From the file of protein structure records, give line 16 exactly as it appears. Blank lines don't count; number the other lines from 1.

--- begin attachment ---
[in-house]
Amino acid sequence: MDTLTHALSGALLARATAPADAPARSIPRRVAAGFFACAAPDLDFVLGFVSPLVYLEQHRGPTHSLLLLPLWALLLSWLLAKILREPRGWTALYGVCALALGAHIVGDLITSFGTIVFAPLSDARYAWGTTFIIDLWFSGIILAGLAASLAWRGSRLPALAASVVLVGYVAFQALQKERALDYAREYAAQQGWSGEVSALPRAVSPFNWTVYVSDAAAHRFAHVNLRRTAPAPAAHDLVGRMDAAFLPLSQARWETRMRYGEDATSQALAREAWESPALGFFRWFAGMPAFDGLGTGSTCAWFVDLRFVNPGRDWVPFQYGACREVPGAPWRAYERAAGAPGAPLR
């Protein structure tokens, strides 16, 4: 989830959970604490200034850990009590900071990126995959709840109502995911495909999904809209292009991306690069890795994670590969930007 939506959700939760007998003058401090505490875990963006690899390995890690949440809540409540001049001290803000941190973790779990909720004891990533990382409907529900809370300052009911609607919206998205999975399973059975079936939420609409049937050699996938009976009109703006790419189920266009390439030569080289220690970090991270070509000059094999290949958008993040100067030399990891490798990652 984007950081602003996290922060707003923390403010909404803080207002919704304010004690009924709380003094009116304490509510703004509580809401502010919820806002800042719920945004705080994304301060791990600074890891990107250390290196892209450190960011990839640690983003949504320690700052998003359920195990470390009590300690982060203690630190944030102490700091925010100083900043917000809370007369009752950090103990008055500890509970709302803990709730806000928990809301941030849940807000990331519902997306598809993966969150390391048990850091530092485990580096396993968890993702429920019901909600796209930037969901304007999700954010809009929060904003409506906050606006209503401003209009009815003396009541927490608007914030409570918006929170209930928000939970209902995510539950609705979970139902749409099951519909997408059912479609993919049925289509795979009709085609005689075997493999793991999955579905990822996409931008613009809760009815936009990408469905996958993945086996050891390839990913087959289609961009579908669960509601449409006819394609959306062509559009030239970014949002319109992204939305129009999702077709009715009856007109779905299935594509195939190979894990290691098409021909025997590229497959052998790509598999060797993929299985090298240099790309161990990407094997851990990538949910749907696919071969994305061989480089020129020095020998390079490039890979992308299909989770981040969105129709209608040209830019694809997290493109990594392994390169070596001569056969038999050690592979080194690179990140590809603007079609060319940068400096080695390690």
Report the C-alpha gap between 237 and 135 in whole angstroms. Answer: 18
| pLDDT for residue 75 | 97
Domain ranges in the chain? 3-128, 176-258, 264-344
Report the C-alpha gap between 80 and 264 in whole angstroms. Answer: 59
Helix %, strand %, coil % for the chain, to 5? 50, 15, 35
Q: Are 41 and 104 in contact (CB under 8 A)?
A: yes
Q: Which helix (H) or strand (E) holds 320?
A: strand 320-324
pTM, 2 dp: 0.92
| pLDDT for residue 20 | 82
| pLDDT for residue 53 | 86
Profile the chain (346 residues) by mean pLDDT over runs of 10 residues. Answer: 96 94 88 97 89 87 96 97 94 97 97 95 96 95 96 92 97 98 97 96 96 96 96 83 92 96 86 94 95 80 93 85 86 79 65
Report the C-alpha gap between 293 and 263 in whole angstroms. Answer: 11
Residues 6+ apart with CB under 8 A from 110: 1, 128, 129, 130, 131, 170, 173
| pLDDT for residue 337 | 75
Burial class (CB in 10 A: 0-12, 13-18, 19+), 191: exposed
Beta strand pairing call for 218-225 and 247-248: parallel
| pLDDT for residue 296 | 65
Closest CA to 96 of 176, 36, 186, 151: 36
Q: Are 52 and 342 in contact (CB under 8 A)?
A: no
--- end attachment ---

Profile the chain (346 residues) by mean pLDDT over runs of 10 residues. Answer: 96 94 88 97 89 87 96 97 94 97 97 95 96 95 96 92 97 98 97 96 96 96 96 83 92 96 86 94 95 80 93 85 86 79 65